The governance structure of the AVPG is designed to enable smooth management and coordination, as well as to minimize common problems imposed by bureaucratic structures. The Joint Program Management Board consists of the coordinators of the three programs (technology, infrastructure, and governance). It is responsible for overall management, communication with the Executive Committee and other relevant stakeholders, and steering and monitoring research progress. The Joint Program Steering Committee, comprised of one representative from each of the current 11 full participants, decides on the admission of new partners, the integration of new research topics, and the strategic positioning of the research framework.
Close communication with city, county, state and federal authorities is a special focus, as are dialogues with the scientific community and with industry. The goal is to maximize synergy and to keep research strategy aligned with the real-life needs of communities and the economy. A Government Advisory Board has been established to ensure mutual knowledge transfer between research and government authorities. Its major aim is to initiate the transfer of new scientific findings, methods or tools into communities – and in return, provide feedback on their usability in practice.
The strategic management process includes regular thematic meetings and smaller events throughout the year, as well as two large annual workshops.
Joint Program Management Board
The experts on the proving grounds project will be grouped by three areas of expertise: technology, infrastructure, and governance (see diagram, above). Each of these three groups will have a chairperson as well as representatives involved in the group’s work.
Advising the three groups will be a Government advisory board, comprising state and federal officials representing all levels of government, and the Steering Committee (see diagram, above).
Each working group (see below) will focus on a specific area of importance to testing, developing, supporting and/or regulating AVs, and the work packages that comprise them will each have a “lead”, a member of each of the three program areas (technology, infrastructure and governance) that will be a point of accountability and information flow. The program chairs will ensure that the focus of the working groups stays consistent with the overall roadmap – the strategic plan for the proving grounds. Every working group will have a coordinator whose role is to set another “roadmap” for the individual work package and ensure each package is working in support of that roadmap. The coordinator will be a person who is well-versed in the topic of their workgroup and will be available to each lead person to help solve problems and answer any questions that arise from the work.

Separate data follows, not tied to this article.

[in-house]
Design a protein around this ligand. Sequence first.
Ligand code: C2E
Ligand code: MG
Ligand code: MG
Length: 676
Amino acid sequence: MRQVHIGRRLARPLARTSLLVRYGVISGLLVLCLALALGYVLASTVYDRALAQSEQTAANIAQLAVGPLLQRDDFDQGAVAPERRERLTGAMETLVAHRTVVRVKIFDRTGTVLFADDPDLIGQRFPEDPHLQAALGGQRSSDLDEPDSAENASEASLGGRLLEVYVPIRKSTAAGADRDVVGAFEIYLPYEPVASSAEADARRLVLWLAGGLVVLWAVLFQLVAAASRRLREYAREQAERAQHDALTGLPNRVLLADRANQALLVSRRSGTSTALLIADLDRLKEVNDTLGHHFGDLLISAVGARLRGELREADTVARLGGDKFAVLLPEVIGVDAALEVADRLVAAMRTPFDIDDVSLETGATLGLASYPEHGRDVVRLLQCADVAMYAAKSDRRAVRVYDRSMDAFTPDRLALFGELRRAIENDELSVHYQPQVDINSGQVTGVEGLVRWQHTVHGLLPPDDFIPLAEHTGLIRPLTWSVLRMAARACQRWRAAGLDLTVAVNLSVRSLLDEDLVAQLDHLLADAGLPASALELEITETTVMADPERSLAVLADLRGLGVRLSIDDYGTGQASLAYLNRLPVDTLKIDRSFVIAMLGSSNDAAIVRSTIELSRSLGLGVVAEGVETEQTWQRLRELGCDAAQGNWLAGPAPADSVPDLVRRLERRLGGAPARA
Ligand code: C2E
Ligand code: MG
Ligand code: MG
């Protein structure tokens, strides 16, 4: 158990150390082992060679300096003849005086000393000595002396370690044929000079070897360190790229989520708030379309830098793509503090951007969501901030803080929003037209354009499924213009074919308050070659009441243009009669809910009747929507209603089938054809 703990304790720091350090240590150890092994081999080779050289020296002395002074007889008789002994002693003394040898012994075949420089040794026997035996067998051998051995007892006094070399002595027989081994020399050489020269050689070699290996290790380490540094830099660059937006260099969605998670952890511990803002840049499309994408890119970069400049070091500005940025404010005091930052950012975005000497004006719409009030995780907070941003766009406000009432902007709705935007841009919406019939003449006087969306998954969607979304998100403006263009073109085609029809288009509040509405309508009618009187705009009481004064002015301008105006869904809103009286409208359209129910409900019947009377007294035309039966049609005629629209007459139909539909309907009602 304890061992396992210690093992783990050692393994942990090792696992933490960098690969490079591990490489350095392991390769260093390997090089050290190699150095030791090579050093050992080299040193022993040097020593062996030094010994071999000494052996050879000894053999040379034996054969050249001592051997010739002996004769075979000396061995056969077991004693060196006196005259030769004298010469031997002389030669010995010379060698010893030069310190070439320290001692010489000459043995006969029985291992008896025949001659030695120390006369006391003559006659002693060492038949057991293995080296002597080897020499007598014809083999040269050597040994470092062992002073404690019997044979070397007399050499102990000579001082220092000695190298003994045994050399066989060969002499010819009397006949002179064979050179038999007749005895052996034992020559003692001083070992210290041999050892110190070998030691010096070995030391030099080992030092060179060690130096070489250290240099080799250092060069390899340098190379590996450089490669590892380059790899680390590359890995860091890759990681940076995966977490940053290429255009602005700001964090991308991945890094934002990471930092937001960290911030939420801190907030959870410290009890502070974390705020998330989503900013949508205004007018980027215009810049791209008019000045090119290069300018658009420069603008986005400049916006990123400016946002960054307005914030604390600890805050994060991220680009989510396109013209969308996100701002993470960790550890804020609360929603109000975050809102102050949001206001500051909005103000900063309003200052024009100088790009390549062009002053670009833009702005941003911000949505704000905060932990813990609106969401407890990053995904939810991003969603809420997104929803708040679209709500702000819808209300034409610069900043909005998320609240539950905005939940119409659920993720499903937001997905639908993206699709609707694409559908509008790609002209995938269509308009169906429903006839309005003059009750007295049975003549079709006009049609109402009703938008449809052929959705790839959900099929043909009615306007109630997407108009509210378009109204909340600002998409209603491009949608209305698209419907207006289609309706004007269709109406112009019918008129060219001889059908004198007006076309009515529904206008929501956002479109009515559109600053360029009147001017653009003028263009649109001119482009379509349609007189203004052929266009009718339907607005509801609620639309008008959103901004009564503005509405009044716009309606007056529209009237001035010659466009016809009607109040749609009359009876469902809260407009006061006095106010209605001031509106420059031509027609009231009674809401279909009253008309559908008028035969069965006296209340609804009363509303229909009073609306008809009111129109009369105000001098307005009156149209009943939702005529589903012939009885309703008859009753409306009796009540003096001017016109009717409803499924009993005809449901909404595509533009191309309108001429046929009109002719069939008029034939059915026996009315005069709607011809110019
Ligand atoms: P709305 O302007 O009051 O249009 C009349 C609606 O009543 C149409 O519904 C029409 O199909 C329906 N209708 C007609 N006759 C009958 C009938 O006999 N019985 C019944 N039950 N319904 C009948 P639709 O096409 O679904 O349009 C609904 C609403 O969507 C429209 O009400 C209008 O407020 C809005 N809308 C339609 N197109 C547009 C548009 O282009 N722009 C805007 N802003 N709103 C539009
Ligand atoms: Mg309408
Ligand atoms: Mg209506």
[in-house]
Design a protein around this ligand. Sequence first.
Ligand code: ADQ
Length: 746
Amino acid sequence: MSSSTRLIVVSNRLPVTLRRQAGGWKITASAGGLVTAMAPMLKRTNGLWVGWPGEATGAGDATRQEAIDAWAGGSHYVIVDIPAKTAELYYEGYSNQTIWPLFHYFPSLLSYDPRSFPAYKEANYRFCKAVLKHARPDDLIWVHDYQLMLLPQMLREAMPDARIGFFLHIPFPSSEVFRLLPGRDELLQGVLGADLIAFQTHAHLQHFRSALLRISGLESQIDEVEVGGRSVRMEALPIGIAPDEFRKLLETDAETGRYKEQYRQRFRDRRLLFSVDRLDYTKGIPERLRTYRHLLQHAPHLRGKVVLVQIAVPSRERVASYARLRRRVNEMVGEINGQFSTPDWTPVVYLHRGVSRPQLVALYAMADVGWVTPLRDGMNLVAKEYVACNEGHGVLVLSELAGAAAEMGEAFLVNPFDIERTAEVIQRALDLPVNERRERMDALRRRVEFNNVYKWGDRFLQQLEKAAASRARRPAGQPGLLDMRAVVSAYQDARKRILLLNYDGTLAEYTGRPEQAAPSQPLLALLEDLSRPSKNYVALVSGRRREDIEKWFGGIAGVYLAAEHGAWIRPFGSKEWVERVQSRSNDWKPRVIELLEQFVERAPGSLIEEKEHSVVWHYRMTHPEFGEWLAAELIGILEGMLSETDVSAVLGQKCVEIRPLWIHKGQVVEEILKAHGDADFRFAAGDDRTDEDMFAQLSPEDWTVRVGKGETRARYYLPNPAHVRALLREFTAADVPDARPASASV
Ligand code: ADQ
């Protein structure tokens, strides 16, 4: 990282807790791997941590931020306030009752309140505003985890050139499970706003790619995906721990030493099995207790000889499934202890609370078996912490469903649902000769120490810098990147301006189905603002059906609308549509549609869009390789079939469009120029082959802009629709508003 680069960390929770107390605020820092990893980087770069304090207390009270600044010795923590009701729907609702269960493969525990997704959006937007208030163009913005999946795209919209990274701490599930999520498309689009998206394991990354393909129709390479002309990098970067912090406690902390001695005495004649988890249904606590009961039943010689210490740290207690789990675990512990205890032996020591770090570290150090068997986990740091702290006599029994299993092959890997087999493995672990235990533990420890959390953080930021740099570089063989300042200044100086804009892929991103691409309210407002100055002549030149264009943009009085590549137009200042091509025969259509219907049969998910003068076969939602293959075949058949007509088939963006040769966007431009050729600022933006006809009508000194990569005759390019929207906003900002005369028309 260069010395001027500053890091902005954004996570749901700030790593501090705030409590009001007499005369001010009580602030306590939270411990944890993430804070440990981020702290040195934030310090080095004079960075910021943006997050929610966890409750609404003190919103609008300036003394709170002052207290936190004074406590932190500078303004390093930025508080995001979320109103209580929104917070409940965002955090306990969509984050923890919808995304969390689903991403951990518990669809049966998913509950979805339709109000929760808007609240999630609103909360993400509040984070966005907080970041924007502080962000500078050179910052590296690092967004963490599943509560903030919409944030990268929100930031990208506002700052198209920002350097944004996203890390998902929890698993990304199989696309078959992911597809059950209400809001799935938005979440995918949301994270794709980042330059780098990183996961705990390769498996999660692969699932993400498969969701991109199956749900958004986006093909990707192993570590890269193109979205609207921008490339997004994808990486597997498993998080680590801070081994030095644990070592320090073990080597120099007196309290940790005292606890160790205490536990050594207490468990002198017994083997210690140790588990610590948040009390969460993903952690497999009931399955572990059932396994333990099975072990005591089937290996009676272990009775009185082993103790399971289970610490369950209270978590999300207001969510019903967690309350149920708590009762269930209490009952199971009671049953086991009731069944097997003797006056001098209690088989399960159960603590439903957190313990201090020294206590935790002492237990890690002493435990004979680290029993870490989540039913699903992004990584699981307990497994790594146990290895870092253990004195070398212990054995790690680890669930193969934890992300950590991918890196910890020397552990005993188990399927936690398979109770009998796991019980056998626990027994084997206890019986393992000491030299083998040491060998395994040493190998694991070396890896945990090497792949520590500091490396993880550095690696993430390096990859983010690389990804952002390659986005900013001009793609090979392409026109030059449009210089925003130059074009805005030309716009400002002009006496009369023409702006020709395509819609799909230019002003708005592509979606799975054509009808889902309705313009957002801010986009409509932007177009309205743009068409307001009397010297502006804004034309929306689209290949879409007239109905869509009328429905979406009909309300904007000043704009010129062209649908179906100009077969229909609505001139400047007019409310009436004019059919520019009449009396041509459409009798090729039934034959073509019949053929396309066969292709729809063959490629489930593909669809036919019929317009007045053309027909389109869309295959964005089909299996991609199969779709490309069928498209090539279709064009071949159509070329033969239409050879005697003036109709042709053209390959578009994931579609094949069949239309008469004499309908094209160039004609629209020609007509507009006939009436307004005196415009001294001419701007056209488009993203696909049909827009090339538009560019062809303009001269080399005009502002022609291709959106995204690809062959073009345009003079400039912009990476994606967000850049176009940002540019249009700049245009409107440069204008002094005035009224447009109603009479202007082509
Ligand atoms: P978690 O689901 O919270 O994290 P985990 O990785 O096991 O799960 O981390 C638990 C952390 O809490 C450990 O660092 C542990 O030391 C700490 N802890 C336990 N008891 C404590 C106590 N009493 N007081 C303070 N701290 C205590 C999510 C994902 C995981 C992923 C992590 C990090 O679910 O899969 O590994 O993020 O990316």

Following are brief summaries of the working groups.
Autonomous vehicles above level 3 will need detailed, real-time “basemaps”, or highly detailed and precise data that describe to the vehicle how much road it has to work with (ie. lane spacing), and where important infrastructure is (like traffic lights) and the capability to communicate with that infrastructure. Basemaps will need to be updated in real-time by the sensors of each vehicle travelling the roads, uploaded to and processed by nearby roadway infrastructure, and send back any critical updates (such as an obstruction in the road) to the vehicle. We hope the Wisconsin proving grounds will be the the site of a basemap breakthrough: a full picture of exactly how this process will work. It’s a process that’s critical to the wide scale deployment of AVs, yet there is no consensus on the best way to make it happen. We hope to change that.